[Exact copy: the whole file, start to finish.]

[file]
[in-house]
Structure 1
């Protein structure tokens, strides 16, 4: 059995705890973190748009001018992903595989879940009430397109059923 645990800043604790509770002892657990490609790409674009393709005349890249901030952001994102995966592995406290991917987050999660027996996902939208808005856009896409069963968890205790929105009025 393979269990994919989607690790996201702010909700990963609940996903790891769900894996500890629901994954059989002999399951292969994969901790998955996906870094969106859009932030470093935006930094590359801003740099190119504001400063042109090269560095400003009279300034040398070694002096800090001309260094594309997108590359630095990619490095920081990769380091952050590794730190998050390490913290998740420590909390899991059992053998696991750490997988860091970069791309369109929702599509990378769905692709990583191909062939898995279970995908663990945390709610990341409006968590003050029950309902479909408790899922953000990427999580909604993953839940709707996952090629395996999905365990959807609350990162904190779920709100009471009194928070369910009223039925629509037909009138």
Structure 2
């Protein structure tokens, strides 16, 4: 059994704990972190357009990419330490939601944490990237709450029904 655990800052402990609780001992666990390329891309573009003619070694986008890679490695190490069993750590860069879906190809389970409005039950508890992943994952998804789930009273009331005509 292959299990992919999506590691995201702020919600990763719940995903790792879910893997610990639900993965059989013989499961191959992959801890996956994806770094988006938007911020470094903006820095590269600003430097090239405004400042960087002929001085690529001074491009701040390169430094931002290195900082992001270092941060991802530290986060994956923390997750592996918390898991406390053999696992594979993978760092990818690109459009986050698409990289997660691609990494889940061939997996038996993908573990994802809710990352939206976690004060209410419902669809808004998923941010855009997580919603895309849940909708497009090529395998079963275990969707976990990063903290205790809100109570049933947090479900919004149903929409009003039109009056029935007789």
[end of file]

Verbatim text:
[in-house]
Structure 1
């Protein structure tokens, strides 16, 4: 059995705890973190748009001018992903595989879940009430397109059923 645990800043604790509770002892657990490609790409674009393709005349890249901030952001994102995966592995406290991917987050999660027996996902939208808005856009896409069963968890205790929105009025 393979269990994919989607690790996201702010909700990963609940996903790891769900894996500890629901994954059989002999399951292969994969901790998955996906870094969106859009932030470093935006930094590359801003740099190119504001400063042109090269560095400003009279300034040398070694002096800090001309260094594309997108590359630095990619490095920081990769380091952050590794730190998050390490913290998740420590909390899991059992053998696991750490997988860091970069791309369109929702599509990378769905692709990583191909062939898995279970995908663990945390709610990341409006968590003050029950309902479909408790899922953000990427999580909604993953839940709707996952090629395996999905365990959807609350990162904190779920709100009471009194928070369910009223039925629509037909009138």
Structure 2
């Protein structure tokens, strides 16, 4: 059994704990972190357009990419330490939601944490990237709450029904 655990800052402990609780001992666990390329891309573009003619070694986008890679490695190490069993750590860069879906190809389970409005039950508890992943994952998804789930009273009331005509 292959299990992919999506590691995201702020919600990763719940995903790792879910893997610990639900993965059989013989499961191959992959801890996956994806770094988006938007911020470094903006820095590269600003430097090239405004400042960087002929001085690529001074491009701040390169430094931002290195900082992001270092941060991802530290986060994956923390997750592996918390898991406390053999696992594979993978760092990818690109459009986050698409990289997660691609990494889940061939997996038996993908573990994802809710990352939206976690004060209410419902669809808004998923941010855009997580919603895309849940909708497009090529395998079963275990969707976990990063903290205790809100109570049933947090479900919004149903929409009003039109009056029935007789």